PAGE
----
Note: Regarding spelling of Maunakea, we use the spelling preferred by the UH Hilo Ka Haka `ula o Ke`elikolani College of Hawaiian Language.
What is TMT doing to protect Maunakea’s cultural resources?
TMT is committed to a new paradigm of development on Maunakea founded on integrating culture, science, sustainability and education. The TMT project understands the importance of archaeological and cultural sites found on Maunakea and takes their protection very seriously. From the very beginning, TMT and its planners focused on the protection and preservation of Maunakea culture and landscape.
In the 2000 Maunakea Science Reserve Master Plan, the northern plateau in Area E was identified as the area chosen for the next observatory location because of its lack of archeological, cultural or biological impact. The plan also noted the concerns from Native Hawaiians that no more development on the summit of Maunakea and its pu‘u should be considered and that these cultural areas need to be protected.
Are there archaeological features on the TMT site?
Great care was taken in identifying a location for TMT to have minimal impact archaeologically and environmentally. The selected site has no archaeological shrines or features, no endangered plants, no endangered insects and no burials.
Does TMT have support from the Hawaiian community?
TMT engaged the Hawaiian community throughout its 10-year community-listening process. A Hawaii Poll commissioned by the Honolulu Star-Advertiser in March 2018 found that 72% of Native Hawaiian registered voters expressed support for the telescope, while 23 percent were against and 5 percent were undecided.
Why can’t TMT be put in place of one of the existing telescopes?
The decision was made specifically to not place the TMT at the site of one of the existing summit ridge facilities. The reason was that doing so would require a large amount of grading, most of it in wekiu habitat, and because the visual impact would be much greater. The 2000 Mauna Kea Science Reserve Master Plan identified the northwest plateau as the most appropriate location for a telescope like TMT. The specific site was selected because it is not visible from any of the places that people consider the most sacred on the mountain and because there are no archeological finds, ancient burials, or endangered native flora or fauna in the immediate area, and because a suitable site can be developed without a lot of grading.
How will the project benefit the Hawaii community?
TMT launched The Hawaii Island New Knowledge (THINK) Fund in 2014 to better prepare Hawaii Island students to master STEM and to become the workforce for higher paying science and technology jobs in Hawaii’s 21st century economy. TMT makes an annual contribution of $1 million to the Fund, which is administered by the Hawaii Community Foundation and Pauahi Foundation.
To date, TMT has funded $5,536,964.15 to the THINK Fund initiative (THINK Fund at HCF $4,254,232.94 and THINK Fund at Pauahi Foundation $1,282,731.21) for Hawai‘i Island students, their families and teachers.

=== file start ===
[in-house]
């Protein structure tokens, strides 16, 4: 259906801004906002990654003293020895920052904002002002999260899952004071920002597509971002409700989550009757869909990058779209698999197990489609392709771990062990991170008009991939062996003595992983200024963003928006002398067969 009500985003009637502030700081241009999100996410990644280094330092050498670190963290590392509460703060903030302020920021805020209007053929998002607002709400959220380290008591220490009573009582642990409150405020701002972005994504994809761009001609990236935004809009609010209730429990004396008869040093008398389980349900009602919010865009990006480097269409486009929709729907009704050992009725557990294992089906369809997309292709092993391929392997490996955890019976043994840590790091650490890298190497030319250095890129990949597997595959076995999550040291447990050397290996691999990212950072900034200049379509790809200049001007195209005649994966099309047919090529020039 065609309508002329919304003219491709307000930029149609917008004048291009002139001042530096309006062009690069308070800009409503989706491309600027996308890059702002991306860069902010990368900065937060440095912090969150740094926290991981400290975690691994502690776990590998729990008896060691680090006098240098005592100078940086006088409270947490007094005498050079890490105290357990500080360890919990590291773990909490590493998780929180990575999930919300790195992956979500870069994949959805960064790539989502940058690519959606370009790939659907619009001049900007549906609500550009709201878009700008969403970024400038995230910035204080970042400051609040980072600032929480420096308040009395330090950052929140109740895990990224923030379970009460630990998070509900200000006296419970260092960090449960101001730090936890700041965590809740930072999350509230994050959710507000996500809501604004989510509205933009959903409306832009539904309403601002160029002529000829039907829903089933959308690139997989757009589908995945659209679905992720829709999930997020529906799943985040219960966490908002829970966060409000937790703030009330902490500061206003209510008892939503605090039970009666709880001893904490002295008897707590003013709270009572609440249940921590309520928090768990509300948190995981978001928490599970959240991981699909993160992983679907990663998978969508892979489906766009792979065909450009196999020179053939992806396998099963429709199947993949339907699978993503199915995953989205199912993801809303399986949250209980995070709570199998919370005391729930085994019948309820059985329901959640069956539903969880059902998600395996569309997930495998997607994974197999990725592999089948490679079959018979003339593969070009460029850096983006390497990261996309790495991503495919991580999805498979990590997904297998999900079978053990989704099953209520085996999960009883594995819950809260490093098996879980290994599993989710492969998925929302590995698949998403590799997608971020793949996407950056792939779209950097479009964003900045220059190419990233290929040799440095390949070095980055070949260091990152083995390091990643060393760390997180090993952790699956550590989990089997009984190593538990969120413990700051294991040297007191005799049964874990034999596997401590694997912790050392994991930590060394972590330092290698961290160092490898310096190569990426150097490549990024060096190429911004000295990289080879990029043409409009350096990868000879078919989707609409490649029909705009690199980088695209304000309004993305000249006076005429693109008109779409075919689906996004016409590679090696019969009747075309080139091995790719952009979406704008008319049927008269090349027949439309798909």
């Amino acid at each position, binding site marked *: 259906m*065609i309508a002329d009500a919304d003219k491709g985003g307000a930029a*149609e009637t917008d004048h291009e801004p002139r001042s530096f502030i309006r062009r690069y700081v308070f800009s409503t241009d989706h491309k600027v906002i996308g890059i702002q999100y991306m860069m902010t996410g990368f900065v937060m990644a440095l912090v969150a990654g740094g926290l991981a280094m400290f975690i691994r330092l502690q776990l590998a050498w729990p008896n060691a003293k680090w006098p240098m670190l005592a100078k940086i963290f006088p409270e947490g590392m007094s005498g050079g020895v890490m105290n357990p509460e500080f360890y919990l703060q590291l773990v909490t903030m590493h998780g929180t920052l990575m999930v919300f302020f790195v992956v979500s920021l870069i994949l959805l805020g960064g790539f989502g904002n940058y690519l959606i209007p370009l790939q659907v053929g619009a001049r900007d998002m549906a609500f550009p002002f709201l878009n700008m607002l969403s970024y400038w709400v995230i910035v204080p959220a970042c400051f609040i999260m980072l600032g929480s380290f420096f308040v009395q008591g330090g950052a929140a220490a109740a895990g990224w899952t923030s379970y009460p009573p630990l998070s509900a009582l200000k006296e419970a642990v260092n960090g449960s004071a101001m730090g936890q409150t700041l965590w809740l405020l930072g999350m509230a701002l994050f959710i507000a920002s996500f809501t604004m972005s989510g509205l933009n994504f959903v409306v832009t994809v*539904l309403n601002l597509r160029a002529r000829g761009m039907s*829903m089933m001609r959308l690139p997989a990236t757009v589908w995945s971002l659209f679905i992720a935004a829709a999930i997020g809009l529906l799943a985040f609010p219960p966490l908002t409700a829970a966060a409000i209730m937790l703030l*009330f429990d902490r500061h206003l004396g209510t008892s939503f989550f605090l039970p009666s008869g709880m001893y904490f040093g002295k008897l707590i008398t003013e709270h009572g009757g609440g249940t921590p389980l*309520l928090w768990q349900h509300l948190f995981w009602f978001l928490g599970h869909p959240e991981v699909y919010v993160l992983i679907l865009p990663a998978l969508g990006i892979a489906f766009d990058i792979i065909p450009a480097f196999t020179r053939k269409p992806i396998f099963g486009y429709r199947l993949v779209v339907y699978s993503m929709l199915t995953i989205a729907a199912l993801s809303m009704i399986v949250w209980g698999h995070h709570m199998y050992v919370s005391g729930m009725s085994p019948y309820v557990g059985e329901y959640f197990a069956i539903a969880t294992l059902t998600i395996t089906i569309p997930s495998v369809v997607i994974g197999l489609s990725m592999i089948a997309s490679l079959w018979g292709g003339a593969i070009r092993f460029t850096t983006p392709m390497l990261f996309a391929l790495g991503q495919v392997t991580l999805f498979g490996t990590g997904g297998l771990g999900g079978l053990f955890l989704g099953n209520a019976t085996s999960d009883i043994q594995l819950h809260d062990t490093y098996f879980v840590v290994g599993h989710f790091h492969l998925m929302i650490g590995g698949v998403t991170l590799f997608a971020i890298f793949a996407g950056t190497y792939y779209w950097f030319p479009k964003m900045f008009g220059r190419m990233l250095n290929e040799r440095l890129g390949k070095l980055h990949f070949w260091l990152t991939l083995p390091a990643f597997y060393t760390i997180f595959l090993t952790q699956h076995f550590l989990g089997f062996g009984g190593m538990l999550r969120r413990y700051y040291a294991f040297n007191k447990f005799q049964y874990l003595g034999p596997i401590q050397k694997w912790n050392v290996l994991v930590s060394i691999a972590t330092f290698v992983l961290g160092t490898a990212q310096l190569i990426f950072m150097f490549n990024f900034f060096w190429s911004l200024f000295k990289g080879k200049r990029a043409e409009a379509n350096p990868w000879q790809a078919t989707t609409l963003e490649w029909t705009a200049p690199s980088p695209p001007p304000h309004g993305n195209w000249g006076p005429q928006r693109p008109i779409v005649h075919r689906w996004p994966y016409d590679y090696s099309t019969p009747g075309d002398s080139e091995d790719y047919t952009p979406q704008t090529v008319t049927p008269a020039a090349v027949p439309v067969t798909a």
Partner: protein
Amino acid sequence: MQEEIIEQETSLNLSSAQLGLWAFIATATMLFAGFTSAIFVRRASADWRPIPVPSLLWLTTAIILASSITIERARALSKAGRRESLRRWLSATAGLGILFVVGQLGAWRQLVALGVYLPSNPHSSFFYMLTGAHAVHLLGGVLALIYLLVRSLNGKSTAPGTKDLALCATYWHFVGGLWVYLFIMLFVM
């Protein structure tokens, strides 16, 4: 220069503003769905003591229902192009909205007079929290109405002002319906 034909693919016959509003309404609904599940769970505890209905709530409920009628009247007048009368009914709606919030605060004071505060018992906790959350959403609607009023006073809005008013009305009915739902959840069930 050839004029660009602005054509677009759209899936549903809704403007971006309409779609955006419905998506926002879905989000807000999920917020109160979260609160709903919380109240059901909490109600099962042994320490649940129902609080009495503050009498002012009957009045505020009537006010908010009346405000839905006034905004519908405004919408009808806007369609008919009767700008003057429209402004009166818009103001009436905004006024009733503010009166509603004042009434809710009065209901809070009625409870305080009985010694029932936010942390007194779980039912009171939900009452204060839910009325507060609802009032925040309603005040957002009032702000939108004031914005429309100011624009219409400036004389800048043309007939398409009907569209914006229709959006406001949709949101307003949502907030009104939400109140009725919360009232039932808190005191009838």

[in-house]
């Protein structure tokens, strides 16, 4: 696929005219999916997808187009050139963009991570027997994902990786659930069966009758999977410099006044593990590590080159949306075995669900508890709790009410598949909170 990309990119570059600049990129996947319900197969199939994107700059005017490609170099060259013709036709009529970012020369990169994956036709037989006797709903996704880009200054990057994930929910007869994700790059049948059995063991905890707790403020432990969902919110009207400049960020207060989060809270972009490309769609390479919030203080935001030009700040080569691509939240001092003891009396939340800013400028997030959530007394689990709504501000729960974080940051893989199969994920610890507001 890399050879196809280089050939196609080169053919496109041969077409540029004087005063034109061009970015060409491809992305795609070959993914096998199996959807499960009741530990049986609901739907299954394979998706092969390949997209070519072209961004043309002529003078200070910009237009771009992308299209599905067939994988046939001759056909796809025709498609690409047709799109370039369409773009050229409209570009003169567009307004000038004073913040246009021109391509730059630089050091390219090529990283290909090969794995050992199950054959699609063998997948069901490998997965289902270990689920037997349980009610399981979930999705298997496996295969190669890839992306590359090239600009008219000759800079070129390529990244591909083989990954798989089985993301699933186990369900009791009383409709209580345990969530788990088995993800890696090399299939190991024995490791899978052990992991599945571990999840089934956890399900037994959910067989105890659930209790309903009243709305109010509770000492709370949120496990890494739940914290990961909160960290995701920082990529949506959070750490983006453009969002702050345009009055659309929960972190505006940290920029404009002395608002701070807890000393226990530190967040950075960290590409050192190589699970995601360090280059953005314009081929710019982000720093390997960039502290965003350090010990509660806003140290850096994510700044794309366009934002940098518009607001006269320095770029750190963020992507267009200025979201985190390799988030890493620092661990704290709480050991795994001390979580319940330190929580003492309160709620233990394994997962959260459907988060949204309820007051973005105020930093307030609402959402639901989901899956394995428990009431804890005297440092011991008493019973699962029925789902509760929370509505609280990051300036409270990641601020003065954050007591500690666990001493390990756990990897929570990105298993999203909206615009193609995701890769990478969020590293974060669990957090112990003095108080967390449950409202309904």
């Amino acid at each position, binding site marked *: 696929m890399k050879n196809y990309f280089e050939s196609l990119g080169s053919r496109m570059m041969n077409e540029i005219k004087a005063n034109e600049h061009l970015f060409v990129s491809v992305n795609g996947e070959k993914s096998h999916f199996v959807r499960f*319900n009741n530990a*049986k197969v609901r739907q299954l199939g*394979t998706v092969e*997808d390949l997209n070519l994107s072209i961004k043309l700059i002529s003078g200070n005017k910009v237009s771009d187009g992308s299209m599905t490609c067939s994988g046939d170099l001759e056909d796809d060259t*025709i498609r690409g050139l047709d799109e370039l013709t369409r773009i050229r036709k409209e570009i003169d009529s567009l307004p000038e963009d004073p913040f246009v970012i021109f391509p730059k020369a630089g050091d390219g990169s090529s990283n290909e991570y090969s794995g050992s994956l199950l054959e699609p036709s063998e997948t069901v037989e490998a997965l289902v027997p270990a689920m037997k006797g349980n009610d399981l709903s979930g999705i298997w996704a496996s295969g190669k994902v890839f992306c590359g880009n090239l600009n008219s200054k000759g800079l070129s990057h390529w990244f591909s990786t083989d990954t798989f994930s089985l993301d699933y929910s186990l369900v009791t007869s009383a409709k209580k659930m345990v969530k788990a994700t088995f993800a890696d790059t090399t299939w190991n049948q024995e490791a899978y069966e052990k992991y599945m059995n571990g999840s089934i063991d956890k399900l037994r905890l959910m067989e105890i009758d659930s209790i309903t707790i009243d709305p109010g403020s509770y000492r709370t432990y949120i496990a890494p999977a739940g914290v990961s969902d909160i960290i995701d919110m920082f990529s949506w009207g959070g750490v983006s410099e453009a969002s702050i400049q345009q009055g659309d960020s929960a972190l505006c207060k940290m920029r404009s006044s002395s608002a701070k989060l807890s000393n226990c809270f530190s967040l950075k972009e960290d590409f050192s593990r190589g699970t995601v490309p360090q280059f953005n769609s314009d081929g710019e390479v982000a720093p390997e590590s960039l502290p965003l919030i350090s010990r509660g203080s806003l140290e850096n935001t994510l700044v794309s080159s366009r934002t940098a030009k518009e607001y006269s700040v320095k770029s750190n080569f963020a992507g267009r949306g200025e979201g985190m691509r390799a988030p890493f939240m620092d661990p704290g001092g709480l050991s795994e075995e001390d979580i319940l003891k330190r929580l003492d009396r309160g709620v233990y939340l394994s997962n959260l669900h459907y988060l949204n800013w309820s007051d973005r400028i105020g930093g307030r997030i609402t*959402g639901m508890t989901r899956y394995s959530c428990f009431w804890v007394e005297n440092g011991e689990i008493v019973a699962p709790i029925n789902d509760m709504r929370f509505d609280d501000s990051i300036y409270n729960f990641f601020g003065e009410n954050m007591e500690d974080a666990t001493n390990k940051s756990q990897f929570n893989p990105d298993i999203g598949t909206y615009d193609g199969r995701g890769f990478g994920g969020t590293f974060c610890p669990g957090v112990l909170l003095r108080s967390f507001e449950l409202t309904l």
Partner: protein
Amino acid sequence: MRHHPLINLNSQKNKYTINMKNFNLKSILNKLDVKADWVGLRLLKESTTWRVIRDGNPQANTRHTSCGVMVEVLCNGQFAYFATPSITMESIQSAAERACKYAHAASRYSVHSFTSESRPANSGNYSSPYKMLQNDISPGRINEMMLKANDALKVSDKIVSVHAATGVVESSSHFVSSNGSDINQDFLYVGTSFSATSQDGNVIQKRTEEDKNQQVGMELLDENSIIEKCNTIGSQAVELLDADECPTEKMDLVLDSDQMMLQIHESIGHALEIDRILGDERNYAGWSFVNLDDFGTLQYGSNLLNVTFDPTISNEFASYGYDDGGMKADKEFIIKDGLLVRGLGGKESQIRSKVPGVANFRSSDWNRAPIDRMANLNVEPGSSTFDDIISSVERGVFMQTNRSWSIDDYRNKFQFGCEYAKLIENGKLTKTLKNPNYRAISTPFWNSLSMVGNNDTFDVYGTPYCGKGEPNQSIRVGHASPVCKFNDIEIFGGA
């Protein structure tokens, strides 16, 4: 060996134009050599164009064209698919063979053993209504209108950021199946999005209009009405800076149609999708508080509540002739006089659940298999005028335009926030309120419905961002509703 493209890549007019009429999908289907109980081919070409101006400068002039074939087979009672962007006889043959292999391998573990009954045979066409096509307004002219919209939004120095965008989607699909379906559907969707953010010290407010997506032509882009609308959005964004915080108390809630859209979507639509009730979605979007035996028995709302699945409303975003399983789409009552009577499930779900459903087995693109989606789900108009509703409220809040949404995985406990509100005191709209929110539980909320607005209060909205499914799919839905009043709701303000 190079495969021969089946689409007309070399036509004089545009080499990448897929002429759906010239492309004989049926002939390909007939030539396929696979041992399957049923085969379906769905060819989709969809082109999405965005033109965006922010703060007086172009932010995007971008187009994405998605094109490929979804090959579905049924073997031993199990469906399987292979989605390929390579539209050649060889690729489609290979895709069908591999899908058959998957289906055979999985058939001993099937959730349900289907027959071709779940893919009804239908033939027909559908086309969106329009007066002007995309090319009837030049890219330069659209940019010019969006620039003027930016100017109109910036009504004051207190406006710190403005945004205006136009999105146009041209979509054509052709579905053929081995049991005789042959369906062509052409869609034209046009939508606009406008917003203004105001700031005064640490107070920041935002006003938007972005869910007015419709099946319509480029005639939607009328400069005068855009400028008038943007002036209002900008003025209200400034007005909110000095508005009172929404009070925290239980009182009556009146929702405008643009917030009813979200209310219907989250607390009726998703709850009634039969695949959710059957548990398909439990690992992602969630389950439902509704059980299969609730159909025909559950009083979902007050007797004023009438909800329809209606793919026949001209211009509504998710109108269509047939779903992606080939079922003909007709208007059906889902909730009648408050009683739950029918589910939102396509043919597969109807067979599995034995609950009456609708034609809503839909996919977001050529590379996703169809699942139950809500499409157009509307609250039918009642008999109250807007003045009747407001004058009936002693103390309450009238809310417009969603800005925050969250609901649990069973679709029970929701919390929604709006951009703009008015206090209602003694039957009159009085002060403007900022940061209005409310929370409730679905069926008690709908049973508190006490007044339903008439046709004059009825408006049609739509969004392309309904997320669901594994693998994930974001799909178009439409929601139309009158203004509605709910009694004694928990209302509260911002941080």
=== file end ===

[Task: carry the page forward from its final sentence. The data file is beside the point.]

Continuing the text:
TMT has also initiated a Workforce Pipeline Program, working with the State Department of Education, University of Hawaii Hilo, Hawaii Community College., Hawaii County government, and nonprofit organizations to strengthen STEM skills infrastructure at UH Hilo, HCC and K-12 education organizations serving low income and first-generation college attending populations. TMT is committed to spend additional funds each year on its Workforce Pipeline Program when fully operational.
Was TMT’s Environmental Impact Statement approved?
The TMT Final Environmental Impact Statement (FEIS) was approved in May 2010 after a two-year public review and input process. The FEIS was not challenged following approval.
From a science perspective, why build TMT?
TMT scientists selected Maunakea after a rigorous five-year campaign spanning the entire globe that measured virtually every atmospheric feature that might affect the performance of the telescope. Located above approximately 40 percent of Earth’s atmosphere, the site at Maunakea has a climate that is particularly stable, dry, and cold; all of which are important characteristics for capturing the sharpest images and producing the best science.
TMT’s location in Hawaii will maintain the U.S.’s 150-year long leadership position in astronomy research, discovery, and innovation by leveraging the capacity and abilities of TMT partners’ existing astronomy facilities in Hawaii including Keck, Canada France Hawaii Telescope and Subaru Observatories. Leveraging these facilities will provide opportunities to coordinate and create synergies in scientific programs and instrumentation otherwise not possible.
The TMT telescope will provide extremely sharp images that will allow astronomers to see much fainter and more distant objects than possible with existing telescopes, and to study them in greater detail. This represents the possibility of pushing our vision farther into space and our understanding farther back in time to help answer fundamental questions about the universe. It is very likely that TMT will enable discoveries that we cannot even begin to anticipate today.